Maybe it was the owner of the bike who did the sawing. I was in a similar situation a few weeks ago when my Kryptonite lock failed in the locked position. I called bike shops and Kryptonite and could not find a solution for removing the lock. Luckily, the rack was bolted together. that allowed me to disassemble the rack and remove my bike w/locked lock.

    I took the bike and lock to a machine shop and they cut through the lock in about 10 seconds.

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  • J_Ryde March 15, 2011 at 12:15 pm

    I too have helped friends cut their bikes off of racks with both a sawzall and a cutoff wheel/grinder (both work very well, and quickly). If you think the sawzall is loud, try the grinder! No one seems to ask questions. When done in broad daylight people assume you’re legit (don’t worry, we were). We even borrowed electricity from behind the bar at a nearby business. They didn’t think twice about it. Things to keep in mind…

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  • rigormrtis March 15, 2011 at 12:29 pm

    I am sure the person stole it to sell for food for his family. Where is the compassion?

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  • was carless March 15, 2011 at 12:46 pm

    Uh… don’t think its legal to destroy city property just because you forgot your key. If you went through to bring a grinder, you may as well just go through the lock.

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  • K'Tesh March 15, 2011 at 12:46 pm

    BURR
    the safest place to lock you bike may be to a natural gas meter

    That seems a bit extreme, but sounds like a good solution for nice bikes.

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  • Tony Pereira March 15, 2011 at 12:49 pm

    The house next door to this has a bunch of security cameras. Would be interesting to see if they picked anything up. There are usually unmarked cop cars parked outside, so I’m guessing a paranoid cop lives there.

    Everyone should know that cutting ANY lock off a bike is very easy. As someone who makes a living cutting metal, let me tell you, this ain’t rocket science. It can be loud, but only takes seconds to cut absolutely any lock.

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    • beth h March 16, 2011 at 8:43 am

      Indeed. Our shop occasionally is asked to bring a dremel tool to a bike on the street because the lock mechanism froze up or the owner lost the key. (We charge for the service, of course, and how soon we can get there depends on how busy we are in the shop.)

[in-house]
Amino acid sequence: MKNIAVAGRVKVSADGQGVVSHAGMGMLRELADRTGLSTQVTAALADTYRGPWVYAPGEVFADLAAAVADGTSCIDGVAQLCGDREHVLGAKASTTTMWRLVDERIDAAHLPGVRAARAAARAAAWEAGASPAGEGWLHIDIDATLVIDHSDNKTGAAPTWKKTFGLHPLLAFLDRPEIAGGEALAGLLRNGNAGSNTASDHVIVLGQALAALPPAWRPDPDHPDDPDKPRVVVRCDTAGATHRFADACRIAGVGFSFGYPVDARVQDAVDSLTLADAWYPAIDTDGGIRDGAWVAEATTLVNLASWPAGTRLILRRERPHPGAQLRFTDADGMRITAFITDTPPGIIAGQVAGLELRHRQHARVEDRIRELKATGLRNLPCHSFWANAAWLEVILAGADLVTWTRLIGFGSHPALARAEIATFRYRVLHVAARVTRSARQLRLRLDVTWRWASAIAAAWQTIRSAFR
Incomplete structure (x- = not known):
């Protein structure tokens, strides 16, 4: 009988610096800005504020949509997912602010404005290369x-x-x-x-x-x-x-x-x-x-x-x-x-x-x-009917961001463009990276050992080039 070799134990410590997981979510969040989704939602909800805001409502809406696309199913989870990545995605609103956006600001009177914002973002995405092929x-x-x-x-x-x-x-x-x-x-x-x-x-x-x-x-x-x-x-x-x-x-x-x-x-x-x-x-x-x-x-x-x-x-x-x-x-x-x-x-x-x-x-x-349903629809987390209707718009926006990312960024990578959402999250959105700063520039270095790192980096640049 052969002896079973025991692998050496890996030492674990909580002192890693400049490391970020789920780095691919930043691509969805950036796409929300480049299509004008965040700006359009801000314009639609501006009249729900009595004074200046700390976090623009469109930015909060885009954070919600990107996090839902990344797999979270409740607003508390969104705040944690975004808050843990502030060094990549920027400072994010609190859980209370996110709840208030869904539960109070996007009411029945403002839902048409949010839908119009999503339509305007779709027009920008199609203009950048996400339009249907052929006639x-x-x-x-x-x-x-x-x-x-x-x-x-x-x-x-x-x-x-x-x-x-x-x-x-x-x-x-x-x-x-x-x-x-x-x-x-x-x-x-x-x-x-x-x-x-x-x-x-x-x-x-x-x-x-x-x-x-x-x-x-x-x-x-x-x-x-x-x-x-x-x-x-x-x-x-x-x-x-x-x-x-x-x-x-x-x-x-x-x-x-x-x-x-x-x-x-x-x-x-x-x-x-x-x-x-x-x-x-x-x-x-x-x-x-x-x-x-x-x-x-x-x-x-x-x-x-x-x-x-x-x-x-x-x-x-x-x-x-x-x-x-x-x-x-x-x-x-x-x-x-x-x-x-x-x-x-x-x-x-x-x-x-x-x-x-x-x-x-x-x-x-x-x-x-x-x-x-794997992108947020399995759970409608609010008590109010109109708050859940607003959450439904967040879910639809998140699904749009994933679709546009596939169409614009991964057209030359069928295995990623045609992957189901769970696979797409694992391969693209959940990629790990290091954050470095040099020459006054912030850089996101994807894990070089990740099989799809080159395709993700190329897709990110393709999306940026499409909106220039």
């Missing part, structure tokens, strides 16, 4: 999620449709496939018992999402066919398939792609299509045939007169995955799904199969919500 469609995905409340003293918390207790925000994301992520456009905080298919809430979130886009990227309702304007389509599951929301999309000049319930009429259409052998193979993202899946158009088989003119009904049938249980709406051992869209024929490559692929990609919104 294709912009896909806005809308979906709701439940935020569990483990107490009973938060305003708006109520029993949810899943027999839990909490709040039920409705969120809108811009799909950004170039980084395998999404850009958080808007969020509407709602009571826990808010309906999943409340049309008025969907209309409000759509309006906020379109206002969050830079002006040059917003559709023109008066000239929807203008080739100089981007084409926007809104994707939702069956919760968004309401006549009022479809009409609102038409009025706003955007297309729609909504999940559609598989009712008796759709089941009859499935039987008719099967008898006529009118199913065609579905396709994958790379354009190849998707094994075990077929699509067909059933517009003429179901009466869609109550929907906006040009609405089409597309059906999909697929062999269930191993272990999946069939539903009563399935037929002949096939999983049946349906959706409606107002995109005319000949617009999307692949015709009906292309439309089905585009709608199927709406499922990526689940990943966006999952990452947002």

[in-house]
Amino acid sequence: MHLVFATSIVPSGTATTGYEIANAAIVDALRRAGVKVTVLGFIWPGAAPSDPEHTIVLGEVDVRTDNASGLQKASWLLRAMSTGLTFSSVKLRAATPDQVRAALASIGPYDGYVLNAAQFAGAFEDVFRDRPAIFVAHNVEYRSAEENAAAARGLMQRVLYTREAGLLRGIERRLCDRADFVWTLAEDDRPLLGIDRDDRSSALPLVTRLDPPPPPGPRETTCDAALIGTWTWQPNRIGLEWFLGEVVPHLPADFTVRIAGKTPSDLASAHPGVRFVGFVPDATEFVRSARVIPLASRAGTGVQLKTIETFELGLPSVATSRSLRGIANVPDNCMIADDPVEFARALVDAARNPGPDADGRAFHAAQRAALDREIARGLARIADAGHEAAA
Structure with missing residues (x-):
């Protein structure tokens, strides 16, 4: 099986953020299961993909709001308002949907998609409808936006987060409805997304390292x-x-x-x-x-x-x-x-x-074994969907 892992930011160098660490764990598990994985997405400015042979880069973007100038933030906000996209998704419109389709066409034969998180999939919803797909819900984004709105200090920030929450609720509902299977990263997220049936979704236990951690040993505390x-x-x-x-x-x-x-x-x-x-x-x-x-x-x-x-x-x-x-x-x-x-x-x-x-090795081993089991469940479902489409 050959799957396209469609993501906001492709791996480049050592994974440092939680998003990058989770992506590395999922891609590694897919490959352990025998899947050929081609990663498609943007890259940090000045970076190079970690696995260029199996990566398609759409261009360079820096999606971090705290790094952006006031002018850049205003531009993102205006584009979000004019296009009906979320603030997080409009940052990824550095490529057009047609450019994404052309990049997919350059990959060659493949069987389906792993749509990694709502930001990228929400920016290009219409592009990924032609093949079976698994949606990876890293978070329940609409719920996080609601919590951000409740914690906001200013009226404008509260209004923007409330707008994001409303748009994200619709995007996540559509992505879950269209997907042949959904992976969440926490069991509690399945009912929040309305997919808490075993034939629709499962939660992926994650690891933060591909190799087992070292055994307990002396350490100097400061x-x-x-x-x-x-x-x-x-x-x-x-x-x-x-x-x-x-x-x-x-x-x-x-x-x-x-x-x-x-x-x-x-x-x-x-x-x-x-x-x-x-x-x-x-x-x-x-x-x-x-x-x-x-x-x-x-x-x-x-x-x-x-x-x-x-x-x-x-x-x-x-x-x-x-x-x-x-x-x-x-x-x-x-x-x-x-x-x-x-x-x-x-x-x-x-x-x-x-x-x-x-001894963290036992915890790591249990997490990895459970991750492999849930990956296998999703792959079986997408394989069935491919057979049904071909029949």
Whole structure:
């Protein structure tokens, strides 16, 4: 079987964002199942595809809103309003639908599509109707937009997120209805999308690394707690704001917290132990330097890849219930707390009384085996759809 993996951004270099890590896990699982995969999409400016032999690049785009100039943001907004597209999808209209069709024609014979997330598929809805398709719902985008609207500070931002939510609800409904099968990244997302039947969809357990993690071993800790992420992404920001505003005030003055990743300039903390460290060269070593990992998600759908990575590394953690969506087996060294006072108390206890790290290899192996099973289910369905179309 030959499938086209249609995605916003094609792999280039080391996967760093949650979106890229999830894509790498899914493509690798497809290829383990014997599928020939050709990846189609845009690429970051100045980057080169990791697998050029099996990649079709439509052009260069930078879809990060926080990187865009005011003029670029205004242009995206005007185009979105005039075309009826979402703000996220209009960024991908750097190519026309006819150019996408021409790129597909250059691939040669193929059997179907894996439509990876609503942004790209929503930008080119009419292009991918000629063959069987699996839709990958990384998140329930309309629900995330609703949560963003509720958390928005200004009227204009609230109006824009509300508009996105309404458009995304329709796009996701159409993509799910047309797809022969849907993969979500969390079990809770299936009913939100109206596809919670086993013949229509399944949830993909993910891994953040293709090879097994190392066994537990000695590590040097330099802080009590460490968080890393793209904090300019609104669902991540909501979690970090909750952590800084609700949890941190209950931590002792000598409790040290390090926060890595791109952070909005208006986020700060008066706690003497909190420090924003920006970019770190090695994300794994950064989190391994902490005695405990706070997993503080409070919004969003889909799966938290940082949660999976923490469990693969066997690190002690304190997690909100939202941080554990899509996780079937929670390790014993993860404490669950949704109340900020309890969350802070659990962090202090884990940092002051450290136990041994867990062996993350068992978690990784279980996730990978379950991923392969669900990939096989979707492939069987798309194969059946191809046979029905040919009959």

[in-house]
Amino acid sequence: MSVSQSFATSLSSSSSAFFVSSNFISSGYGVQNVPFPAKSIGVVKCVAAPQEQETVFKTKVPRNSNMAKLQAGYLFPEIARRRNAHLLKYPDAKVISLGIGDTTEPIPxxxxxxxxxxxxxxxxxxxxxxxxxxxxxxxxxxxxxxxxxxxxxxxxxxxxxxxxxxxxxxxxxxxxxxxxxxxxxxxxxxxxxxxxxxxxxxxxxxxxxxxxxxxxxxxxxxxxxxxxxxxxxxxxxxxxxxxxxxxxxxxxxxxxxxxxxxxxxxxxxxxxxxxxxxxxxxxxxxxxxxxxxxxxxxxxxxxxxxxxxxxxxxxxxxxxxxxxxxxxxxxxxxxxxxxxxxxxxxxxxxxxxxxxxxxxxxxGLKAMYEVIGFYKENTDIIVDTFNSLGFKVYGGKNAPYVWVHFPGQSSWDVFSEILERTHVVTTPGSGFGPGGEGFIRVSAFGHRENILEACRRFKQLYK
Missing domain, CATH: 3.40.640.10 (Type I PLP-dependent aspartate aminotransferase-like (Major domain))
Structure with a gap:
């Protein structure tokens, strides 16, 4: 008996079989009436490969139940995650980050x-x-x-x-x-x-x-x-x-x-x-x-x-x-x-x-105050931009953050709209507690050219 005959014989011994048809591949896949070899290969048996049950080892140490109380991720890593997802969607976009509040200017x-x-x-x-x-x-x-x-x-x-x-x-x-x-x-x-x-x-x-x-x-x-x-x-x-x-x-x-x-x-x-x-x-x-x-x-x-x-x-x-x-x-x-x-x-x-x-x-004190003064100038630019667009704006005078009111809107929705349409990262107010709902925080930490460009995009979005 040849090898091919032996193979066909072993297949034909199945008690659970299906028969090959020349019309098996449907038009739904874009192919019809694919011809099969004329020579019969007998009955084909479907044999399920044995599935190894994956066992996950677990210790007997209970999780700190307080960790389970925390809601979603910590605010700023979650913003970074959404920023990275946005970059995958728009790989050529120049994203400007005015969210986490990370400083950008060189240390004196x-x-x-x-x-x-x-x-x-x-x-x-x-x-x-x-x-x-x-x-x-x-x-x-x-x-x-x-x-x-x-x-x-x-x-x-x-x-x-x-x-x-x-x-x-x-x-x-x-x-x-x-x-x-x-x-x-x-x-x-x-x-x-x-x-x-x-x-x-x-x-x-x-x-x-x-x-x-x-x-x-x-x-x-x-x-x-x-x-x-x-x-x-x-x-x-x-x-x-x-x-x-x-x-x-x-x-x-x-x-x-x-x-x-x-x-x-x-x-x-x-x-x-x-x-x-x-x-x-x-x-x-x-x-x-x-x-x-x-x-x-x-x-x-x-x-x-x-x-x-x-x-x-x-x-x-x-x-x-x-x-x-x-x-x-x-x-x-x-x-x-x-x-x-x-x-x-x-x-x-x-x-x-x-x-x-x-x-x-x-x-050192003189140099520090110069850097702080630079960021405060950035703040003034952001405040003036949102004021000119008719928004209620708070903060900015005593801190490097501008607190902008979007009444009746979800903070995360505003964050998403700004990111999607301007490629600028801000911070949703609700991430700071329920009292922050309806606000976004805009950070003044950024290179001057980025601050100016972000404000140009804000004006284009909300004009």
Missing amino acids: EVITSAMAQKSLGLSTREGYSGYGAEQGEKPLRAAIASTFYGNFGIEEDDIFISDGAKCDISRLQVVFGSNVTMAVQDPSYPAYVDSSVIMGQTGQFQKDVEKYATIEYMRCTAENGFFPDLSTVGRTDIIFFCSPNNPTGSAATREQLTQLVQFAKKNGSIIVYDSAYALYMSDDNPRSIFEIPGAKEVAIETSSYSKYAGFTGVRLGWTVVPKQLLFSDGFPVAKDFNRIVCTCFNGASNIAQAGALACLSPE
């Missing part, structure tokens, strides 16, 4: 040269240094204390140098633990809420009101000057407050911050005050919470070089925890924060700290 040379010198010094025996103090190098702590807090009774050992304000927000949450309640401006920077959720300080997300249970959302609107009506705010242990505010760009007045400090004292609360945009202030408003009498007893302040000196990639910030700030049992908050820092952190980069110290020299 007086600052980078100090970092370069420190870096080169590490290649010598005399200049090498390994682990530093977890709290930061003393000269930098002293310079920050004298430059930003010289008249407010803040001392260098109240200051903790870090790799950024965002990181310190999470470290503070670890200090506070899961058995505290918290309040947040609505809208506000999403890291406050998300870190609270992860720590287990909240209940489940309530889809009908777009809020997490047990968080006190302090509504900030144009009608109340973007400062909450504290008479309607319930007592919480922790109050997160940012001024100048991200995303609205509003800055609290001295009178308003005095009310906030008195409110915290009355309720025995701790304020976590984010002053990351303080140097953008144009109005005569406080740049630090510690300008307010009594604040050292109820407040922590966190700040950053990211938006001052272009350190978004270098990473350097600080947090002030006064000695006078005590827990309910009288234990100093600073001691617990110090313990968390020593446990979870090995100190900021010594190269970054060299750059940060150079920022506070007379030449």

Removing the lock is rather noisy and sets the teeth on edge but it’s not terribly difficult.
      The best defense for your bike is to bring it inside with you whenever possible — especially at night! — and to lock it where you can see it when you must leave it outside.

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  • Dominic March 15, 2011 at 12:52 pm

    Well of course they saw through it – There’s a big open space in the middle of it :)

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  • ac March 15, 2011 at 1:13 pm

    hmm, makes the stainless steel (solid) bar racks on the bus mall more appealing, no?

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  • q`Tzal March 15, 2011 at 1:15 pm

    Makes me want to set a stun baton to be triggered by a mercury switch and rig the whole thing to the entire bike frame.

    Good thing I’ve been assured that this is illegal in all 50 states. Non-lethal though it may be.

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  • thefuture March 15, 2011 at 1:22 pm

    Reminds me of the beginning of Cool Hand Luke.

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  • Jacob March 15, 2011 at 1:27 pm

    A hacksaw, with cutting oil, while not the fastest, can be very quiet.

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  • mabsf March 15, 2011 at 1:28 pm

    Dreaming of the day when bikes come with a little locator chip and a cell phone app…”Your bike has been moved -beep-…”

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  • um March 15, 2011 at 1:47 pm

    I’m not sure it’s legal to lock bikes to natural gas meters…

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  • Sky March 15, 2011 at 2:36 pm

    This appears to have been done with a Porta-band (hand held band saw). It would have taken 15-20 seconds in mild steel, and maybe 10 more in stainless. I have two of these that I use quite often. Square tubing would not have made much difference. The best and easiest solution I’ve seen here was the idea of filling the tube with concrete.

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  • john March 15, 2011 at 2:42 pm